• Chest pain or discomfort – As adrenaline and cortisol are coursing through the body, the muscles of the chest wall are tensing, and the heart is working harder to quickly pump blood to the big muscle groups in the body. As uncomfortable as this may be, in theory, this is intended to help us to be better equipped to fight against or flee from the stressor.
  • Nausea or abdominal distress. The digestion of food is associated with the parasympathetic branch of the autonomic nervous system (rest and digest), which is essentially offline when the fight or flight response is triggered. Consequently, stomach upsets may ensue. The digestive system requires a good blood supply in order to properly do its job and since blood is being diverted to the big muscle groups (and thereby away from the digestive system), feelings of nausea may result.
  • Feeling dizzy, unsteady, lightheaded, or faint. This symptom is caused by an imbalance of oxygen and carbon dioxide that occurs when people are hyperventilating. Additionally, the increase in blood pressure may also be responsible for provoking this symptom.
  • De-realization (feelings of unreality) and/or depersonalization (being detached from oneself). These two symptoms of a panic attack are often highly unsettling for people who experience them. They may report that things around them seem warped or that they feel as though they are foggy or observing themselves from a distance. These symptoms often precipitate or coincide with the fears of losing control, going crazy, or dying. While it is not entirely clear why depersonalization and derealization occur during a panic attack, some have postulated that these symptoms may occur when the symptoms of the panic attack have become too overwhelming and the person needs to “distance” themselves from these frightening sensations.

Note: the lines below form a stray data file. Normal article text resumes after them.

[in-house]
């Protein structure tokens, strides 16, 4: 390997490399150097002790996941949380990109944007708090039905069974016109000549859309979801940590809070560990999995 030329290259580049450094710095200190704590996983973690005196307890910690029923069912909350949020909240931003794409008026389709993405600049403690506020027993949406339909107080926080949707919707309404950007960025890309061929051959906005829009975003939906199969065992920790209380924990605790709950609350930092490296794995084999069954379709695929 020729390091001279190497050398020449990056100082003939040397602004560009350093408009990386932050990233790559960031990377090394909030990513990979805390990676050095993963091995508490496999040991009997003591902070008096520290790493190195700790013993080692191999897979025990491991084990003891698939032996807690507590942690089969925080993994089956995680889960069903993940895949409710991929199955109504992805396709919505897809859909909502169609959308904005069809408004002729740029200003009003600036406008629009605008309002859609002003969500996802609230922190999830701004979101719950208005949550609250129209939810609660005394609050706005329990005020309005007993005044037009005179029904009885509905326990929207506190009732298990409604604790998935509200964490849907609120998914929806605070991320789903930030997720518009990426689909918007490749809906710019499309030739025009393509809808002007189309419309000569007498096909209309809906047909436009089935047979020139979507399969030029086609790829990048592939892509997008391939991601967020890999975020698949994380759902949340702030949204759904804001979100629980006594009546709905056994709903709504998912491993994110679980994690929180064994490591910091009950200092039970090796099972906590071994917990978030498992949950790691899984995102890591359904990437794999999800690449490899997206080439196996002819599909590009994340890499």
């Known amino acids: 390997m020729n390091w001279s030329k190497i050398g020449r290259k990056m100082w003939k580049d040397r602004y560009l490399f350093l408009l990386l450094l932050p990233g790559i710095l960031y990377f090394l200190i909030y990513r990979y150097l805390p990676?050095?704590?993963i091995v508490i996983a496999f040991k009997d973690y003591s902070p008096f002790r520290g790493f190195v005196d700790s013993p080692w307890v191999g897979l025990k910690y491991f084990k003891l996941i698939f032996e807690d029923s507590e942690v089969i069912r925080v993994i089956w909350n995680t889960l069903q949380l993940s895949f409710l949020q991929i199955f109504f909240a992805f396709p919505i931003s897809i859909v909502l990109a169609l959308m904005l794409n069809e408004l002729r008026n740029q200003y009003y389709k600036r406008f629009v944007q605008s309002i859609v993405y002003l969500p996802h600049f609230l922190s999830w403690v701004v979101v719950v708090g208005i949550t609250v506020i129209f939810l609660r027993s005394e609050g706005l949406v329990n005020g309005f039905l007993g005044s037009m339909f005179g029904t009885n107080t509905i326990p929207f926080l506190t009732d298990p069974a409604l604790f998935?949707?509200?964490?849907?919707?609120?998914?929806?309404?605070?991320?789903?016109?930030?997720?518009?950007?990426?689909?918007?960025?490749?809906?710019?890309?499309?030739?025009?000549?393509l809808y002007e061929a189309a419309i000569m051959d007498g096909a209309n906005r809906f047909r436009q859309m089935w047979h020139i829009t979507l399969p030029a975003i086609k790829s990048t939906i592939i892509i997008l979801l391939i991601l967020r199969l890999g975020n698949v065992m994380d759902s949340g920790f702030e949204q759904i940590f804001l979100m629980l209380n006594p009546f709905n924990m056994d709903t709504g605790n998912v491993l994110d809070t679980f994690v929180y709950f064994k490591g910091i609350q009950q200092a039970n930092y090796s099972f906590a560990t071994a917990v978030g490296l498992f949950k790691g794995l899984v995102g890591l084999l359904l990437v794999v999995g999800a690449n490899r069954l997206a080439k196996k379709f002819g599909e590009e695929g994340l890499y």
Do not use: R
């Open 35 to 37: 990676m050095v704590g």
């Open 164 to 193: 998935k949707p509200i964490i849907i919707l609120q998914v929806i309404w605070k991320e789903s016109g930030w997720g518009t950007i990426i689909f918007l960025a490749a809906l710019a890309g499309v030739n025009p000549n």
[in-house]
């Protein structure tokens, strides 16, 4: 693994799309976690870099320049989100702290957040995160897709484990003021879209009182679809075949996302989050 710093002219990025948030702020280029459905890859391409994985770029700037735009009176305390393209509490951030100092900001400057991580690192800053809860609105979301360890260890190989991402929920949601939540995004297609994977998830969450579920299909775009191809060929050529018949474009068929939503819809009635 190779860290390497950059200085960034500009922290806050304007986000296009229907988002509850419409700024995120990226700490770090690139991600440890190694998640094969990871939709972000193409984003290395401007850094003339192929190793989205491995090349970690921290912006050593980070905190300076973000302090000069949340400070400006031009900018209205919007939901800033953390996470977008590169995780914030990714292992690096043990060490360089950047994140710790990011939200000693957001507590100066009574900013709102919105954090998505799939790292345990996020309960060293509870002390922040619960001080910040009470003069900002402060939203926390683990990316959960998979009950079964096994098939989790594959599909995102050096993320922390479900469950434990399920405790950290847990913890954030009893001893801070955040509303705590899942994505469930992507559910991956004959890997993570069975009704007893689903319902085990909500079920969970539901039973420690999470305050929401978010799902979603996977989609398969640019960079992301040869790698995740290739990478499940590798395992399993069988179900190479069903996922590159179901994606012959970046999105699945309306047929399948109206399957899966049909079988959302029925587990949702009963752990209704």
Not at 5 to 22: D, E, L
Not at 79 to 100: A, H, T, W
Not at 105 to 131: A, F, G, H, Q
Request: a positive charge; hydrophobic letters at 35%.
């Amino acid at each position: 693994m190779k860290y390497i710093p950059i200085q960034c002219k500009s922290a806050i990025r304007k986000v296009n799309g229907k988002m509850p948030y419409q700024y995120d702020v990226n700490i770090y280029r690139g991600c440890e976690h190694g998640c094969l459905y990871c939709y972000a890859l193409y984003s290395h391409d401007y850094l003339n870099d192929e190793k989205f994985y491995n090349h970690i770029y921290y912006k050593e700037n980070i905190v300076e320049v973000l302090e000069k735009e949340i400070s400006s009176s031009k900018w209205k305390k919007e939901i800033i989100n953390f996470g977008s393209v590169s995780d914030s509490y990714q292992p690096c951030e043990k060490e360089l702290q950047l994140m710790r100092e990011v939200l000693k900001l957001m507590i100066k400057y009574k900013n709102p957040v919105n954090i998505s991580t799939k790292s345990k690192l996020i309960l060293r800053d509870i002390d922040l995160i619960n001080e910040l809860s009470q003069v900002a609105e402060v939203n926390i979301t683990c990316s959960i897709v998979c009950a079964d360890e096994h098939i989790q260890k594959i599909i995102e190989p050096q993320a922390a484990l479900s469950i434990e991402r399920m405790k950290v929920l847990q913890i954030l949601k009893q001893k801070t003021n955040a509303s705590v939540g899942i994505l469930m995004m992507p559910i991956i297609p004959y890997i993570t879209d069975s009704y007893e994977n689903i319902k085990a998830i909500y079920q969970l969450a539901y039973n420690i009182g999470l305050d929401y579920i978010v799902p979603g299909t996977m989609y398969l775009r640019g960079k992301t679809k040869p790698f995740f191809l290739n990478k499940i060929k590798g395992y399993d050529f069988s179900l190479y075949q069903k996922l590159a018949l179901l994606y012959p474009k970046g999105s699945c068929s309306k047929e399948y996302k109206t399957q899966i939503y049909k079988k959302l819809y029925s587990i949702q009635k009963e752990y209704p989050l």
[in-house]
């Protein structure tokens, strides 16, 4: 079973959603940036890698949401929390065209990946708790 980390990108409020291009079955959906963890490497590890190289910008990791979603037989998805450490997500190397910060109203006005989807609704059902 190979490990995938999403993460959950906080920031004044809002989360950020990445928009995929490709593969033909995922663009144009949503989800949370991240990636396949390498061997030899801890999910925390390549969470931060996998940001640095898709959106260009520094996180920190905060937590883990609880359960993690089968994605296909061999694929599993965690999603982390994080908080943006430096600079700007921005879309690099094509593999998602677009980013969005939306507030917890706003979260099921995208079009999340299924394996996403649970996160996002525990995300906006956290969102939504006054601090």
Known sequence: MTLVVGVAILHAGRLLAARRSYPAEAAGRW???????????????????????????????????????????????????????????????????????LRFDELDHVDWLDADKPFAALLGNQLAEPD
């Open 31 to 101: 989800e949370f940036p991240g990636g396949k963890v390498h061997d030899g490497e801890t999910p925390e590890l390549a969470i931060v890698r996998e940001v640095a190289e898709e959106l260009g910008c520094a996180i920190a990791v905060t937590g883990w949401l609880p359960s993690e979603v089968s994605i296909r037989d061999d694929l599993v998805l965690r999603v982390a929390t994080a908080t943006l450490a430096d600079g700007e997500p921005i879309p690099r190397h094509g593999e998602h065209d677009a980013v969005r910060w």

• Fears of losing control, going crazy, or dying emerge due to the body feeling out of control. To be clear, none of these things are actually happening, despite the intensity of the symptoms. Many people have gone to the emergency room, convinced that they are experiencing some sort of cardiac event, and are instead told that they are actually having a panic attack. Sometimes people are in a calmer state when they reach the hospital because they believe they will get the proper medical attention. This dial down of symptom intensity upon reaching the hospital demonstrates how powerful our interpretation of panic symptoms can be.
  • Paresthesias (numbness or tingling sensations). Since blood flow is being directed to the muscles, it is being driven away from non-essential areas in the periphery of the body, which is why people may report feelings of numbness or tingling sensations, particularly in their hands and feet. As the blood flows away from your fingers and toes, they may feel numb or tingly. This sensation is rather similar to the feeling of your foot falling asleep if you’ve been sitting with your legs crossed (and thereby restricting blood flow) for too long.